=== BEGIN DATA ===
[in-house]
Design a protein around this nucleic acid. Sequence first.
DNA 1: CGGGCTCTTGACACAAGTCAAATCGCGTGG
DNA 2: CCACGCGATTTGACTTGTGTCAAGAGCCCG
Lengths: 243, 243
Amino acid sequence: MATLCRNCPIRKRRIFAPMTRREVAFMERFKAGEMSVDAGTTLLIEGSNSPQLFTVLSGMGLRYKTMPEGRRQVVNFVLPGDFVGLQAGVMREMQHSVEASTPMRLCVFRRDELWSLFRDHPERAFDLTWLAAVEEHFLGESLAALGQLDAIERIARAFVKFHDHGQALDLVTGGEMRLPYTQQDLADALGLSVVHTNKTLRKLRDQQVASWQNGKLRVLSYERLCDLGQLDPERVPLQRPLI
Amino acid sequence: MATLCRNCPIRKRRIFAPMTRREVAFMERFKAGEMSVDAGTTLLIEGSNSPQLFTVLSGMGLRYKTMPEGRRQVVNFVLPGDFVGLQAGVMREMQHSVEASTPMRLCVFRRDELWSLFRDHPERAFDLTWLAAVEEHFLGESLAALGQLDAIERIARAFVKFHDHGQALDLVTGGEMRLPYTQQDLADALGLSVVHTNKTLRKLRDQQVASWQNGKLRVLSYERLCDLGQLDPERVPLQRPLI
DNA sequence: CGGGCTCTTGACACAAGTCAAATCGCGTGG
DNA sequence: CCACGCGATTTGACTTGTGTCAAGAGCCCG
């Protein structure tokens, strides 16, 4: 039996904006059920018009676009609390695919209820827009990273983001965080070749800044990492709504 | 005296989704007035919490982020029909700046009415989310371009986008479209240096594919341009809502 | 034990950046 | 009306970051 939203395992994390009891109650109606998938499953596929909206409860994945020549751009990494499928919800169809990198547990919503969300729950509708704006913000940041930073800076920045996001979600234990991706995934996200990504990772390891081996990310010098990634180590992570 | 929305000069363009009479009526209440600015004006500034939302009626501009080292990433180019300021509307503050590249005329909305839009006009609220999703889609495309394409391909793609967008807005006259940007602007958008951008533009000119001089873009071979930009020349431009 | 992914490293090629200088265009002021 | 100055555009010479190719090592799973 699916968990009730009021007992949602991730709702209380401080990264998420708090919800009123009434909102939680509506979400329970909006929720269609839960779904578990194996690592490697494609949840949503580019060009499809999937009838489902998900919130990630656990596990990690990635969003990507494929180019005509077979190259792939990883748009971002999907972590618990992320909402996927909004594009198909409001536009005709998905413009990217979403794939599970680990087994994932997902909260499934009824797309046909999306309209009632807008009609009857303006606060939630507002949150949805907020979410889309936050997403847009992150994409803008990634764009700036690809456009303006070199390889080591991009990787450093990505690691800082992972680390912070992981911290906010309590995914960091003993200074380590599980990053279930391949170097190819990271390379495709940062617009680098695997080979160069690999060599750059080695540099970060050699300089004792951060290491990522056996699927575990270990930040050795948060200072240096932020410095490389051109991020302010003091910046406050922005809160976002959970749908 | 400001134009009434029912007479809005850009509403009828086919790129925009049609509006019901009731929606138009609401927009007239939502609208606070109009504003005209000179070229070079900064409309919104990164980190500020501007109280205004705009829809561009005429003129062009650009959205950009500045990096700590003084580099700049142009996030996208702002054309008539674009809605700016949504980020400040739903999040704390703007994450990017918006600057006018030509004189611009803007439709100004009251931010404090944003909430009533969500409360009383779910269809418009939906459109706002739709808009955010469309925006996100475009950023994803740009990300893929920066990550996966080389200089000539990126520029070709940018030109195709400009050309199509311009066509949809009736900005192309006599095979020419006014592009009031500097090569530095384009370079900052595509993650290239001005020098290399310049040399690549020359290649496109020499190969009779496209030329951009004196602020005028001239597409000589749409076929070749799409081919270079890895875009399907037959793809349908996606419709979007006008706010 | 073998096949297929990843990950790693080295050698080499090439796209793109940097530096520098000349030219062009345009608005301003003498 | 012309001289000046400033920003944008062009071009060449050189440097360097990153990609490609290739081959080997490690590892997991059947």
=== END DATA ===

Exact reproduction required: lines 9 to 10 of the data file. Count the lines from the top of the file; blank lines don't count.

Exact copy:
DNA sequence: CCACGCGATTTGACTTGTGTCAAGAGCCCG
């Protein structure tokens, strides 16, 4: 039996904006059920018009676009609390695919209820827009990273983001965080070749800044990492709504 | 005296989704007035919490982020029909700046009415989310371009986008479209240096594919341009809502 | 034990950046 | 009306970051 939203395992994390009891109650109606998938499953596929909206409860994945020549751009990494499928919800169809990198547990919503969300729950509708704006913000940041930073800076920045996001979600234990991706995934996200990504990772390891081996990310010098990634180590992570 | 929305000069363009009479009526209440600015004006500034939302009626501009080292990433180019300021509307503050590249005329909305839009006009609220999703889609495309394409391909793609967008807005006259940007602007958008951008533009000119001089873009071979930009020349431009 | 992914490293090629200088265009002021 | 100055555009010479190719090592799973 699916968990009730009021007992949602991730709702209380401080990264998420708090919800009123009434909102939680509506979400329970909006929720269609839960779904578990194996690592490697494609949840949503580019060009499809999937009838489902998900919130990630656990596990990690990635969003990507494929180019005509077979190259792939990883748009971002999907972590618990992320909402996927909004594009198909409001536009005709998905413009990217979403794939599970680990087994994932997902909260499934009824797309046909999306309209009632807008009609009857303006606060939630507002949150949805907020979410889309936050997403847009992150994409803008990634764009700036690809456009303006070199390889080591991009990787450093990505690691800082992972680390912070992981911290906010309590995914960091003993200074380590599980990053279930391949170097190819990271390379495709940062617009680098695997080979160069690999060599750059080695540099970060050699300089004792951060290491990522056996699927575990270990930040050795948060200072240096932020410095490389051109991020302010003091910046406050922005809160976002959970749908 | 400001134009009434029912007479809005850009509403009828086919790129925009049609509006019901009731929606138009609401927009007239939502609208606070109009504003005209000179070229070079900064409309919104990164980190500020501007109280205004705009829809561009005429003129062009650009959205950009500045990096700590003084580099700049142009996030996208702002054309008539674009809605700016949504980020400040739903999040704390703007994450990017918006600057006018030509004189611009803007439709100004009251931010404090944003909430009533969500409360009383779910269809418009939906459109706002739709808009955010469309925006996100475009950023994803740009990300893929920066990550996966080389200089000539990126520029070709940018030109195709400009050309199509311009066509949809009736900005192309006599095979020419006014592009009031500097090569530095384009370079900052595509993650290239001005020098290399310049040399690549020359290649496109020499190969009779496209030329951009004196602020005028001239597409000589749409076929070749799409081919270079890895875009399907037959793809349908996606419709979007006008706010 | 073998096949297929990843990950790693080295050698080499090439796209793109940097530096520098000349030219062009345009608005301003003498 | 012309001289000046400033920003944008062009071009060449050189440097360097990153990609490609290739081959080997490690590892997991059947």